I don’t know if I will be back next year. I don’t know now exactly what my job prospects are or where this writing stuff will go, or what, really, I am supposed to do. I’m going to finish the teaching certification program. I’m going to keep writing as I’m able.
I’m going to keep meditating.
I could spin for you a scholarly yarn about mediation. I could recount, like I have in classes in a previous life, how the legendary Bodhidharma traveled to China across a river on a reed and brought with him a new mediation technique, founded the Shaolin temple, and became one of those mythical figures who cuts off their eyelids and stares at caves walls for a decade.
I could drape these tales in the trappings of neuroscience, the faith of today, and tell you how meditation changes your brain and really does clear the mind and really does, I mean “really” on the biological level, change the way you are in the world.
But I’m beginning to think that hardly matters anymore. These things too, are nothing. Until you make something of them.
What I can tell you is that meditation has worked for me. It has been an integral part of my journey out of a pretty terrible depression. I’m not “better,” that’s not the right metric, but I’m no longer having panic attacks.
I feel calm when the day starts, and if I have a bad first period, even just five minutes of sitting zazen during my free period helps me start the next encounters on a positive, open, and compassionate note.
Just the other day, two boys got into a fistfight in my classroom. They got in each other’s way, simple as that and, in their 13-year-old minds, some kind of honor was at stake, so they went after each other with fists and adolescent rage. I lept between them, physically separating them, holding one back as the other seethed in front of me, nose bleeding, glaring out from under his furrowed brow, not seeing me, seeing red, consumed by anger.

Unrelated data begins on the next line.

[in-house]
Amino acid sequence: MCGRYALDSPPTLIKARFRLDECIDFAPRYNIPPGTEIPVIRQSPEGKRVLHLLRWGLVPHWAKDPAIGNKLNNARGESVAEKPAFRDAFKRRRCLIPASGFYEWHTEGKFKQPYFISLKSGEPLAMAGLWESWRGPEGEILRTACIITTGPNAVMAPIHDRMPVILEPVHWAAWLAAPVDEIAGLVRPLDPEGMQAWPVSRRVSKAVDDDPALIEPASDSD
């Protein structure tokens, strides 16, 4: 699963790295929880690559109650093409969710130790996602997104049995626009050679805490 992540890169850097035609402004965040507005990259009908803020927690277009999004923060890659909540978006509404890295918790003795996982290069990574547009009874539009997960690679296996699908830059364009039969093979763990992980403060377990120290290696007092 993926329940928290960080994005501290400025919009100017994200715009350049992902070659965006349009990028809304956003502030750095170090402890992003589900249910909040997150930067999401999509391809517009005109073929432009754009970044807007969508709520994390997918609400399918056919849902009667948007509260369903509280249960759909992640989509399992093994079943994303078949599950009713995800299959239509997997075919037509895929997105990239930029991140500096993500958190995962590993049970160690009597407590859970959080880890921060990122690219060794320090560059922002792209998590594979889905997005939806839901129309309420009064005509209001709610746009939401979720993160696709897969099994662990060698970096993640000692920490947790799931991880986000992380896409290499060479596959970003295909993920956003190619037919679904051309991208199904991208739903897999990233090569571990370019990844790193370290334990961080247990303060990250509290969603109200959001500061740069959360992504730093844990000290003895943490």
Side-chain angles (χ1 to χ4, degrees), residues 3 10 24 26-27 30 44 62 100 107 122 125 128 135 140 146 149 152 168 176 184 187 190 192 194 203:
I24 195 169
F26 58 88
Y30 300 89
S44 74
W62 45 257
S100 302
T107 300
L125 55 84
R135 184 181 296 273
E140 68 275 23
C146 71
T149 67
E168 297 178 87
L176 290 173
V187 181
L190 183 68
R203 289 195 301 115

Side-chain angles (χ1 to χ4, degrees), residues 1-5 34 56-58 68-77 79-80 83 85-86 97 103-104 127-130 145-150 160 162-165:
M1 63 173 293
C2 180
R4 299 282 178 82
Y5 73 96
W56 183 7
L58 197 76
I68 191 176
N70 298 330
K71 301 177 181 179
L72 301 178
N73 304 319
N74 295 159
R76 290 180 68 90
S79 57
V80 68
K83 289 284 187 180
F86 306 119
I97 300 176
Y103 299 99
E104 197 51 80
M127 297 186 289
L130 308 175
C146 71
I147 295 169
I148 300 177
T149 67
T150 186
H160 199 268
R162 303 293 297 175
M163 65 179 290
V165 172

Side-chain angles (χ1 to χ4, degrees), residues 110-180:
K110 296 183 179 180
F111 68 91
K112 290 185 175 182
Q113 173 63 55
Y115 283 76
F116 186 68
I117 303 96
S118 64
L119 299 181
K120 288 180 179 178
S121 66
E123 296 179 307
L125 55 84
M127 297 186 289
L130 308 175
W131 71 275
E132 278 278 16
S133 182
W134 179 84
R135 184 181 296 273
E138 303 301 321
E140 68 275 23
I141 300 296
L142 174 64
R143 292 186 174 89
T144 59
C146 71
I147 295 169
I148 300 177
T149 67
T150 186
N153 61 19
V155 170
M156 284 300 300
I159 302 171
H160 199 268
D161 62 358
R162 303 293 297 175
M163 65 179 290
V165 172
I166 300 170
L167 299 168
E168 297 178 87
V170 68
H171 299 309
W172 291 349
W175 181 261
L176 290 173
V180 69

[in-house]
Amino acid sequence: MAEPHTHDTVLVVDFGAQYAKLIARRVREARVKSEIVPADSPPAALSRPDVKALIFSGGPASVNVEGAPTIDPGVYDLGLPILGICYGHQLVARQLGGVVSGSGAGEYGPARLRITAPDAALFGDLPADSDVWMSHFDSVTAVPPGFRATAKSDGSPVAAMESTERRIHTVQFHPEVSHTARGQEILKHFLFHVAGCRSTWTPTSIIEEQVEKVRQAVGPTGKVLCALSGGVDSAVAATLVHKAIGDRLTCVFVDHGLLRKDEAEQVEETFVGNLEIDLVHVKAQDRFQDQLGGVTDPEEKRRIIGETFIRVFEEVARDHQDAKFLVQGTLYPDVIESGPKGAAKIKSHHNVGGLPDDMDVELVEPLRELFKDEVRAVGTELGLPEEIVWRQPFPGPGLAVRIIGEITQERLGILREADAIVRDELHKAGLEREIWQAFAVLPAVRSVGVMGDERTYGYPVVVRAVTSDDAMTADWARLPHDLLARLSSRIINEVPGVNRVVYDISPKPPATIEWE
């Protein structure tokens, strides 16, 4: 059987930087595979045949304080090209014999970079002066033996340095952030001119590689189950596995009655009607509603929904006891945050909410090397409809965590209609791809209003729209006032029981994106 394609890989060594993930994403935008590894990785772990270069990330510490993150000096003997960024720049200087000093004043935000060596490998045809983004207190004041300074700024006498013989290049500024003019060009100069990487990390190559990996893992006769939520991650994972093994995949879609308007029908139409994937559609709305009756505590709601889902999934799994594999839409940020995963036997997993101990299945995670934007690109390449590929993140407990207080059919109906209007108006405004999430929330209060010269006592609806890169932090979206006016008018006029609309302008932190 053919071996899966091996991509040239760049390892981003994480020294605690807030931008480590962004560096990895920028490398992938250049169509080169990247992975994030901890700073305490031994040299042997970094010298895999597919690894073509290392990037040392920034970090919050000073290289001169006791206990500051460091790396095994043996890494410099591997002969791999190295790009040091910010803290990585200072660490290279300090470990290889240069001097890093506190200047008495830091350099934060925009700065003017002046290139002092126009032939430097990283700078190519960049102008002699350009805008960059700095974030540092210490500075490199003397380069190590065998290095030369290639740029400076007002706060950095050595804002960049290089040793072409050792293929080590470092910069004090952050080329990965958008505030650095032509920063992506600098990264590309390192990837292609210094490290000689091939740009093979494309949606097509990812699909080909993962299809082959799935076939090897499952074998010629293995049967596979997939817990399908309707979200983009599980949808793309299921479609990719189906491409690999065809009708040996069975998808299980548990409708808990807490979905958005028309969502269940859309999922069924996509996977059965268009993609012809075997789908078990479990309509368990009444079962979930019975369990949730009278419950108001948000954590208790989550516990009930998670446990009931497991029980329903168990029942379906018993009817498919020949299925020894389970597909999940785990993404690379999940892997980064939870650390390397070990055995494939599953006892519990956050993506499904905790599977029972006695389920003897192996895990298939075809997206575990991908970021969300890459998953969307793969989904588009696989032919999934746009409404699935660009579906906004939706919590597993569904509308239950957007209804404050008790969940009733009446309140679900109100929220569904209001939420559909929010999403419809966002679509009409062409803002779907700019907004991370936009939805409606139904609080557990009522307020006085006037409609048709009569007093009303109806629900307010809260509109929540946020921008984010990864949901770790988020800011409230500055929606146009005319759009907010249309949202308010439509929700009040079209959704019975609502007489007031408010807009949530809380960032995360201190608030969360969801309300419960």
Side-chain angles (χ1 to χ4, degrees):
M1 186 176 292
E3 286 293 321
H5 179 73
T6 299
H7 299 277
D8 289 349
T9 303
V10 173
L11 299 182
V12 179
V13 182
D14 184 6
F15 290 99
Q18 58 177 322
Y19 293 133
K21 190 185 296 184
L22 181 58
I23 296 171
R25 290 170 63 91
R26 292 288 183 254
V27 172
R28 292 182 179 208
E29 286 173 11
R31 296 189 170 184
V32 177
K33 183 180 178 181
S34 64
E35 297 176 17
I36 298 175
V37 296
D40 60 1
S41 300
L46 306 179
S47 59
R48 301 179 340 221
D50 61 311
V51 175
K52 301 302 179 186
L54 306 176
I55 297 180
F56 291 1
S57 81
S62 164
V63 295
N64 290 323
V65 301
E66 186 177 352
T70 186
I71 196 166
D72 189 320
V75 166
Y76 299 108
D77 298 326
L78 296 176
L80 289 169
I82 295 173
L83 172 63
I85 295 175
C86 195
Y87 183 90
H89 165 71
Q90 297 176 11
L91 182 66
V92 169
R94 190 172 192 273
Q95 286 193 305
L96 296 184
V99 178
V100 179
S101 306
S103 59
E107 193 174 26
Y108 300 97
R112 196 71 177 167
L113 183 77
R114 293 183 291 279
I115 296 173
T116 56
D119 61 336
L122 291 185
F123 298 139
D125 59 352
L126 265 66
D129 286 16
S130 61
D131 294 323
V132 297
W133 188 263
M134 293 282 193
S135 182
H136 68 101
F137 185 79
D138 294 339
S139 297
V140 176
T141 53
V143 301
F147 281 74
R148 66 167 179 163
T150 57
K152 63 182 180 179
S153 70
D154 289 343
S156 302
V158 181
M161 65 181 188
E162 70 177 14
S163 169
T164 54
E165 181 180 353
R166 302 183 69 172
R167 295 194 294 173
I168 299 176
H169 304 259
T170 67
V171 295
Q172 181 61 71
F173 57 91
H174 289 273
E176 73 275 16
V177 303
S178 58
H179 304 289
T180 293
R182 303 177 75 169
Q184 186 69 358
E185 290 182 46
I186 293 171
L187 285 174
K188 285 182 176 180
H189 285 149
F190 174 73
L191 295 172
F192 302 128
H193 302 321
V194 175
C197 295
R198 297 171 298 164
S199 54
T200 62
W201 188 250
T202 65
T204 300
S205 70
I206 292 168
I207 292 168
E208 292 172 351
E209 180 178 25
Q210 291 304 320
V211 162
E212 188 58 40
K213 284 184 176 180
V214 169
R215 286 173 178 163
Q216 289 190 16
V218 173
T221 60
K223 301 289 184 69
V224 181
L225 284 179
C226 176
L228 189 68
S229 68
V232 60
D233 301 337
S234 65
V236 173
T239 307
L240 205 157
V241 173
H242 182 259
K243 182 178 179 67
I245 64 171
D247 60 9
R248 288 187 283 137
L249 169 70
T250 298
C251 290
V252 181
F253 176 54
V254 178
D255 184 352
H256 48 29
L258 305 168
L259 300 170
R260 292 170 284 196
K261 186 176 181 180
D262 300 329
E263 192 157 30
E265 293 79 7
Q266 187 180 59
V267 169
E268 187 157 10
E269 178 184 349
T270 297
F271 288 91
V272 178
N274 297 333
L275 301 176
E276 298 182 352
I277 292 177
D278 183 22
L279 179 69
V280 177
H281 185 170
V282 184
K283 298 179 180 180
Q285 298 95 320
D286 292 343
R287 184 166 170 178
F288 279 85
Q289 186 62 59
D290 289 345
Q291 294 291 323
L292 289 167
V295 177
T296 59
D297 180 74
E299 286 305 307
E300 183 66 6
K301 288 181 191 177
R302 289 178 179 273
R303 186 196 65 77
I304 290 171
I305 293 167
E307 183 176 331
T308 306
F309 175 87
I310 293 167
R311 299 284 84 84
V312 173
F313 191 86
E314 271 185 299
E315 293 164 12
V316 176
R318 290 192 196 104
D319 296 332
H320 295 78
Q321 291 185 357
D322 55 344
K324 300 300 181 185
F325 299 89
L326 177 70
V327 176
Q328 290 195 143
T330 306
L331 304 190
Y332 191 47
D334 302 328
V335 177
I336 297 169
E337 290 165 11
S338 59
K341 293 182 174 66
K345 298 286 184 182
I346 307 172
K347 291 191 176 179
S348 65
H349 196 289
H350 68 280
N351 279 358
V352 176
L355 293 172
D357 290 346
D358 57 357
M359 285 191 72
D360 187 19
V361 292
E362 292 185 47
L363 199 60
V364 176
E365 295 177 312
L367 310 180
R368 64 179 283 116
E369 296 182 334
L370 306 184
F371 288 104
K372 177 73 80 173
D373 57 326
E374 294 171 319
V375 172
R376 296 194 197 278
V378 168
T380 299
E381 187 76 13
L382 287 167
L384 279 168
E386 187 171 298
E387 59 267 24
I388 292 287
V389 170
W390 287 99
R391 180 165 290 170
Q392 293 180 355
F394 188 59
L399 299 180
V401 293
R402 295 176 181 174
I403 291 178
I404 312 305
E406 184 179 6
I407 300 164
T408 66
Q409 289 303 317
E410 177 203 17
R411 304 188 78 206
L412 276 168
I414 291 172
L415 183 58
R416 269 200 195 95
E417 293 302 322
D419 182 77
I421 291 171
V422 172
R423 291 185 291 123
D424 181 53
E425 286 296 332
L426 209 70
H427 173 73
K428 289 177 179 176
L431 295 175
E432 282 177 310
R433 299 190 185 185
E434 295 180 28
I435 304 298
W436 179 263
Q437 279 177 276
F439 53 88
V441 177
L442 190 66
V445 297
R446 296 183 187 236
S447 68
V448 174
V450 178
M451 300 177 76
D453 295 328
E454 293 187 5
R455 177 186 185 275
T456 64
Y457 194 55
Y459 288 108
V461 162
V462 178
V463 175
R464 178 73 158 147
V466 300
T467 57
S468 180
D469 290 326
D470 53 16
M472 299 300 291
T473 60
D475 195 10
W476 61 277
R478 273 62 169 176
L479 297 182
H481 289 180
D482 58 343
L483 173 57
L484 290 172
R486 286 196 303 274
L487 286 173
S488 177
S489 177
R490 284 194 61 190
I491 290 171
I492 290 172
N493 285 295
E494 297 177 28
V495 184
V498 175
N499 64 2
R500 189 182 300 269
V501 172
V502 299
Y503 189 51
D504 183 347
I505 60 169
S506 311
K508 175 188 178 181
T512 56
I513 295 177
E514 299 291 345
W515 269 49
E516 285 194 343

I held out my hand, the other holding one student at bay. “Breathe, just breathe.” The room seemed strangely silent. “You have to stop,” I said, “Take a breath with me. . . .”
It took me a while after the fight to calm down. I followed up with both boys afterward. They were apologetic. They were practically kids. “I didn’t mean to fight in your class,” one of them said to me. “I know,” I said, “You lost it there for a second. But, I just wanted to make sure you’re alright. Are you okay?” “Yes, Dr. Irven, I’m okay.” “Good,” I told him, “I’ll look forward to having you back in class.”
I’m here for a little while longer, anyway. Maybe that contract will come through. There’s a chance, after all. But maybe it won’t. And, I think, that might be okay, too.
The thing is, I’ve grown more comfortable, through this process of reflection, not knowing what the future holds. I used to think I had it figured out. I used to think I was on a track. Foolishly, for a time, I thought the tenure track. But that turned out to be so much air.
Now I know, I think, that all possibilities are nothing until they are one. I am here, now. I am all things and all things are in me. And, for all that, maybe because of it, I am nothing too. Just like this job. Just like cancer.
The bell rings, this one a cheap electronic chime. The door opens. Kids start to come in, some quietly, some announcing themselves with verve, some on an empty stomach. “Good morning, everyone,” I say. “It’s time to begin.”
Donovan is a philosopher, essayist, and writer of fiction. He currently teaches eighth-grade science and offers philosophical consultations with the Lawn Chair Philosophy Foundation.
The author of two novels and a collection of philosophical essays, his work has appeared or is forthcoming in Emerge, Queen Mob’s Tea House, and Whitehot Magazine of Contemporary Art.
He holds a Ph.D. in Philosophy and Literature from Purdue University.